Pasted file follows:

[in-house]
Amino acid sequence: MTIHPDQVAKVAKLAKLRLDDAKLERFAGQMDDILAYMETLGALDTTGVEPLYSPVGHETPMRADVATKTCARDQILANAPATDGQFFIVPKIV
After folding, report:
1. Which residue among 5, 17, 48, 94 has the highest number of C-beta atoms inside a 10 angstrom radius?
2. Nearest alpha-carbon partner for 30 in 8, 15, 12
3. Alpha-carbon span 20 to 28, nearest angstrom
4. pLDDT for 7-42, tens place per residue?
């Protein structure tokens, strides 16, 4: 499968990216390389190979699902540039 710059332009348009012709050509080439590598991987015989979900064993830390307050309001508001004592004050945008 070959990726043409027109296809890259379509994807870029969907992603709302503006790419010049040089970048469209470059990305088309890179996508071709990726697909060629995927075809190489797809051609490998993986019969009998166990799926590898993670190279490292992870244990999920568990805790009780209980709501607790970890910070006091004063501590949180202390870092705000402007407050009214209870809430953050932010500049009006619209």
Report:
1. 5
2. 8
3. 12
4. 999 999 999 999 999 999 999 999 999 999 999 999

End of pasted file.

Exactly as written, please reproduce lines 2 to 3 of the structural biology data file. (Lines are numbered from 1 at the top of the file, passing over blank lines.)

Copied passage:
Amino acid sequence: MTIHPDQVAKVAKLAKLRLDDAKLERFAGQMDDILAYMETLGALDTTGVEPLYSPVGHETPMRADVATKTCARDQILANAPATDGQFFIVPKIV
After folding, report: